Steven Schnall’s American dream

The Quontic CEO issues mortgages to immigrants and builds luxury condos on the side, but can he keep growing both businesses in a tougher market?

Mar.March 01, 2018 10:00 AM

Steven Schnall

About a year ago, Taylor Swift’s security team knocked on the door of Steven Schnall’s Tribeca home with an unusual request. Swift, who lives in a penthouse next door, didn’t have indoor parking, which made her vulnerable to paparazzi waiting to snap her photo whenever she stepped out of a car and onto the curb.

The security team wanted to know if Schnall would be willing to sell his garage.

The 50-year-old, who occupies a townhouse unit that’s part of the nine-story condominium he co-built at 15 Leonard Street, demurred. So Swift’s team asked if they could buy the building’s penthouse instead. Didn’t that come with a garage spot? And wouldn’t they be able to blast a hole in the basement to connect the two buildings, allowing the pop singer to get from a car to her apartment completely out of sight?

“I’m like, well, the only problem with that is between her basement and my basement is this lap pool that I have in my apartment,” Schnall recalled. “And they’re like, ‘What if we shorten your lap pool?’ I said, ‘That’s a big ask’.”

In the end, no agreement was reached, and Swift bought a townhouse at 153 Franklin Street, which also neighbors her home.

Like any Tribeca condo developer, Schnall is used to dealing with celebrities by now. But his usual clientele is a little different: middle-class immigrant mortgage borrowers in Queens.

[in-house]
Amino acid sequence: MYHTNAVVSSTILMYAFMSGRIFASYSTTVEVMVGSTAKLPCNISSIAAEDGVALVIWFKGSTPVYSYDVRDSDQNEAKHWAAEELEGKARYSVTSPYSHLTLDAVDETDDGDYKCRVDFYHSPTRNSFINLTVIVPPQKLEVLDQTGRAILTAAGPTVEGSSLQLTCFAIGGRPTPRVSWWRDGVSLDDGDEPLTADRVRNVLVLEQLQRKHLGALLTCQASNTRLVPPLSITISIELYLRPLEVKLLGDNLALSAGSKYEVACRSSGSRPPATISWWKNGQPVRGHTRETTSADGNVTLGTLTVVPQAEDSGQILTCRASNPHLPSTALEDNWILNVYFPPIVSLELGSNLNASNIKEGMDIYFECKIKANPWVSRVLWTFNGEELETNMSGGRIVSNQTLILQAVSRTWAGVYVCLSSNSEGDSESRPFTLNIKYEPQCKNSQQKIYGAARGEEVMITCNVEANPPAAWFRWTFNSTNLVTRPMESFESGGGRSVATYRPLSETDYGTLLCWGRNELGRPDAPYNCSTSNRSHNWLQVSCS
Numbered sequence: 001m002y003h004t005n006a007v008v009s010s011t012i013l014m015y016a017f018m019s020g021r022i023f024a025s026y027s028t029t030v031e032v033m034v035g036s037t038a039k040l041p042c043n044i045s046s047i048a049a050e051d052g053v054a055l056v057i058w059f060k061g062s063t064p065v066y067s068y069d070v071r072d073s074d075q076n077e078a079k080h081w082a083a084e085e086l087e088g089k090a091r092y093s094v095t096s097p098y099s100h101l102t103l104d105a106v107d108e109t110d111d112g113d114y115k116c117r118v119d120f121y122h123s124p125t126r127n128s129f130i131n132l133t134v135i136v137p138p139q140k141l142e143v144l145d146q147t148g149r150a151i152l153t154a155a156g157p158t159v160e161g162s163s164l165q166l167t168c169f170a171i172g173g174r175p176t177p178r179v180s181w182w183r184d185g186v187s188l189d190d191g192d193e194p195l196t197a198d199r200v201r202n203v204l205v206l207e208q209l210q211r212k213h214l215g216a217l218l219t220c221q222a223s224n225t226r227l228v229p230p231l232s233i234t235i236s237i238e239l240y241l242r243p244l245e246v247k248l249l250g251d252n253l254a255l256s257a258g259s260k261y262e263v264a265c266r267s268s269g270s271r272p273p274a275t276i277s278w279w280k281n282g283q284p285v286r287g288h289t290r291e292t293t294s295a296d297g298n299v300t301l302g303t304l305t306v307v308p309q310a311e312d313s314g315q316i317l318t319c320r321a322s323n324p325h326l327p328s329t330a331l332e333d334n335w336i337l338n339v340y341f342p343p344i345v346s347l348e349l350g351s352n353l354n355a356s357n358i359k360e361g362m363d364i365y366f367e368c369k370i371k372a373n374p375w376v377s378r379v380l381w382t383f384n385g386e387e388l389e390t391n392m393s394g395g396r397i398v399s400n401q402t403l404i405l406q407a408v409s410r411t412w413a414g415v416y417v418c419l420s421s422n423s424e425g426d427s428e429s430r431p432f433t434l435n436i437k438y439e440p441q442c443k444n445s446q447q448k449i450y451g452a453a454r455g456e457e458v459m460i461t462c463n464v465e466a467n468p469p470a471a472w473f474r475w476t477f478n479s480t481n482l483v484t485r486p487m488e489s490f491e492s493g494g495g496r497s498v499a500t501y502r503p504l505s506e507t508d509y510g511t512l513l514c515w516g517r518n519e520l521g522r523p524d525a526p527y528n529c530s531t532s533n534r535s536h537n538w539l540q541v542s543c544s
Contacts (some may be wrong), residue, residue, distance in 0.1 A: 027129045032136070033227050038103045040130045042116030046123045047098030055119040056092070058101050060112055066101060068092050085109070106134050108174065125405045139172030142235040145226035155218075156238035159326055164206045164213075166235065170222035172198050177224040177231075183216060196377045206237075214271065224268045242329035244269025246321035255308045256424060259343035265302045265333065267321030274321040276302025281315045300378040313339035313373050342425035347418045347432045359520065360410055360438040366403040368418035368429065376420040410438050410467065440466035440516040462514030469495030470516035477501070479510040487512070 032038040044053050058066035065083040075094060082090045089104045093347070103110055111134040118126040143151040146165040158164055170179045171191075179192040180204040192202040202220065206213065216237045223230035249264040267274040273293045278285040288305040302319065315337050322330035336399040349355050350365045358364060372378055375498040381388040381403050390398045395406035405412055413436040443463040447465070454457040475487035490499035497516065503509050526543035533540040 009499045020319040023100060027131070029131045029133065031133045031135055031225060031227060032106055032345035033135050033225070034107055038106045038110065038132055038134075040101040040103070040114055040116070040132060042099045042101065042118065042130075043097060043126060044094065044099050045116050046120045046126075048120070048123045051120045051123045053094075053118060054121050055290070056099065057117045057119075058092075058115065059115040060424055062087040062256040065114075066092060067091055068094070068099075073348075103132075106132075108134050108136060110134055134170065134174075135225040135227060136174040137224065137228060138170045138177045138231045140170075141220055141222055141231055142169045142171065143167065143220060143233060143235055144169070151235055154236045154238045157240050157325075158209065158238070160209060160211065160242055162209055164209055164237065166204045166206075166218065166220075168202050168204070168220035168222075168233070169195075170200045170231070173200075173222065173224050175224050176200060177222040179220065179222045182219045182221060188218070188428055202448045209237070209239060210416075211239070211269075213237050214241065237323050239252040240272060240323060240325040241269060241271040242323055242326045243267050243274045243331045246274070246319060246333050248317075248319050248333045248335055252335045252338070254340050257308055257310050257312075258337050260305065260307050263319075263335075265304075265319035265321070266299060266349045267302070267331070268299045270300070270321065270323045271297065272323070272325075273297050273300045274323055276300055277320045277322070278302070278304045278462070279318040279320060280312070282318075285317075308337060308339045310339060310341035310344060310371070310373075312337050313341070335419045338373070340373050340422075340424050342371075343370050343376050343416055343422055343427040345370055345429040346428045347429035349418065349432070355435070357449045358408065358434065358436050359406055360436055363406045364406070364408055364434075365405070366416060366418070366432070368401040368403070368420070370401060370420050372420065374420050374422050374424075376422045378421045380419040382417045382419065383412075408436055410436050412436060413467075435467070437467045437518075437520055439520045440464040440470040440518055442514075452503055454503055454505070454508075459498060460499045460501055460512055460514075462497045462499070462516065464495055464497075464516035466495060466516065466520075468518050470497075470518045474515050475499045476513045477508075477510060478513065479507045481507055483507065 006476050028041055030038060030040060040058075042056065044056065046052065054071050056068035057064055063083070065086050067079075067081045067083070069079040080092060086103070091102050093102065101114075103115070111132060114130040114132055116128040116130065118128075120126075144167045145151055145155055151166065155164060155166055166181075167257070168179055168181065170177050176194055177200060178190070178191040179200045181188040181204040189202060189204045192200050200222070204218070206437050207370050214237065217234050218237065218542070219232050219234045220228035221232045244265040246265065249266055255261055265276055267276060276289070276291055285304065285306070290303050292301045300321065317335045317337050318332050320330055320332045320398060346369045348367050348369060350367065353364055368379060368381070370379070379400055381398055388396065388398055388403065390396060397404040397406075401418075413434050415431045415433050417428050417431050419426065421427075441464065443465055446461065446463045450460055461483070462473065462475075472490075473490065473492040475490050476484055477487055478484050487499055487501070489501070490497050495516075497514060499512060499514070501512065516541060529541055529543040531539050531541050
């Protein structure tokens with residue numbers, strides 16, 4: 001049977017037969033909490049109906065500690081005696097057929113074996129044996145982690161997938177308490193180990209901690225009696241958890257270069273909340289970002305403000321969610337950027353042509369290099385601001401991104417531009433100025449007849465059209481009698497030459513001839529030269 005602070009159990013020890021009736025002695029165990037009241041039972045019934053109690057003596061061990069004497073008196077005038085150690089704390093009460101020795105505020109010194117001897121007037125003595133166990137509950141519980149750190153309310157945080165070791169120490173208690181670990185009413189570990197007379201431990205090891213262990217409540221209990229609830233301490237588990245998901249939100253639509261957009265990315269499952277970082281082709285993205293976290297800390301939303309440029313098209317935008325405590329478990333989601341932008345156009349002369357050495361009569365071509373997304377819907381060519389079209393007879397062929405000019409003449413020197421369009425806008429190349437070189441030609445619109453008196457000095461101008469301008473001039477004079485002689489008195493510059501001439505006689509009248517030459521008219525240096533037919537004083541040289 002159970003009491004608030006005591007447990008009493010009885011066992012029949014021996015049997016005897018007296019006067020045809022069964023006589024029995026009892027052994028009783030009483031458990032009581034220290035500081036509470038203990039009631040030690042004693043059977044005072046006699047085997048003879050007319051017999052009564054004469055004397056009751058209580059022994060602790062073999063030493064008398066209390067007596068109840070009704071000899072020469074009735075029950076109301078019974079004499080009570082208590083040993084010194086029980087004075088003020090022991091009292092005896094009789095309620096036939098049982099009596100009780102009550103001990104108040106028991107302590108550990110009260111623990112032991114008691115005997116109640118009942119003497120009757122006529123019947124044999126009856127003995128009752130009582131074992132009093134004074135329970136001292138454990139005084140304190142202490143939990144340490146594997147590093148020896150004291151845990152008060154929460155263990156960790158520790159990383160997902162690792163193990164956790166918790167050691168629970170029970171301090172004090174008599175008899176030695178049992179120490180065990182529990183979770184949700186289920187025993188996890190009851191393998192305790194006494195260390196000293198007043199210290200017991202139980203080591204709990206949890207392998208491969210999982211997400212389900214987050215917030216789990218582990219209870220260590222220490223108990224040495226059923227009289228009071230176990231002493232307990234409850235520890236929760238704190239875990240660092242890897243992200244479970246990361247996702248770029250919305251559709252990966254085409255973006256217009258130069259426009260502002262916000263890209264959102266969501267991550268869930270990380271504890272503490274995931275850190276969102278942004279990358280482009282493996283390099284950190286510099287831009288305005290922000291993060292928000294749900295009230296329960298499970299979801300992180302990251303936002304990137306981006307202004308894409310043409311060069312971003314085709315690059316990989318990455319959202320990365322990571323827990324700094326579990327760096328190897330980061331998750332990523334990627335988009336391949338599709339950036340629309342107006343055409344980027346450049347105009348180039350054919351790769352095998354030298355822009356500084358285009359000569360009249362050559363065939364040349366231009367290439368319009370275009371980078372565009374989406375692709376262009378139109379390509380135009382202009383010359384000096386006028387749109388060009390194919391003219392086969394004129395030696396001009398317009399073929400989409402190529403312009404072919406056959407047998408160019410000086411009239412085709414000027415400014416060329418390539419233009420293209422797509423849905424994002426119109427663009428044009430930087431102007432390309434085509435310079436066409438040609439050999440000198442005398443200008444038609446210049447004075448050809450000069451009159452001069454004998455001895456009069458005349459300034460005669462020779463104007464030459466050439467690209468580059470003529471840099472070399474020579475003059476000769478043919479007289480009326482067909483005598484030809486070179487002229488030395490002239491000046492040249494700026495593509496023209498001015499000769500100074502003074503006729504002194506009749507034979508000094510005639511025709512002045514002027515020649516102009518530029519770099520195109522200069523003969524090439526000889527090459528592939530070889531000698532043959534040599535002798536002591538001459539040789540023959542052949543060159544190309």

The building at 15 Leonard Street — which Schnall built with his wife, Sherri, Romy Gold’s Gold Development and investor Ron Moelis of L+M Development Partners — was a side project. Schnall’s full-time job is heading Quontic Bank, the Astoria-based community lender he bought and rebranded in 2009.

Quontic, which issues between $350 and $400 million in residential loans a year, is among a handful of New York City banks catering to immigrants. About half the bank’s borrowers are foreign-born and 25 percent are Chinese, Schnall estimated.

Immigrants make up a growing share of New York homebuyers, but they often face challenges when it comes to landing a mortgage. Language, cultural barriers and the complexity of the U.S. banking system can create serious hurdles, said Christopher Kui, the former executive director of Asian Americans for Equality — an advocacy group that serves immigrant New Yorkers, both Asian and non-Asian.

“We don’t have the same mortgage system here,” Kui told The Real Deal for a story on New York’s Chinese real estate market that ran in October 2016. “In China, lenders underwrite a mortgage based on the value of an asset. Income is less important.”

Moreover, many first-generation Chinese Americans pool their down payment through gifts from relatives — a practice that can disqualify them from conventional mortgages, according to sources.

“Most banks won’t allow all the down payment to be gifted,” said Schnall, who was sitting in Quontic’s orange-painted headquarters in February. “We understand that that’s how it works in this community.”

He noted that focusing on immigrant borrowers was a byproduct of operating in Queens, the city’s most diverse borough. “I can’t say that it was intentional, but it was inevitable,” he said.

Quontic had $351.9 million in assets at the end of 2017, up from $239.3 million a year earlier and $179.9 million in late 2015, according to figures from the bank. And observers say the lucrative market it serves is bound to keep expanding.

“The immigrant population in New York is growing,” said Jessie Lee, the managing director of Renaissance Economic Development Corporation, which helps immigrants land small-business loans. “The American dream is owning their own home, right?”

15 Leonard Street

Quontic — one of five banks in NYC certified as a community development financial institution by the U.S. Treasury Department — also lends on unconventional commercial properties, including both churches and strip clubs.

Schnall grew up in Clearwater, Florida, and moved to New York in 1989 at age 22. After a brief stint as an accountant at PricewaterhouseCoopers, he fell into the mortgage business and co-founded his own debt brokerage, New York Mortgage Corp., in 1992.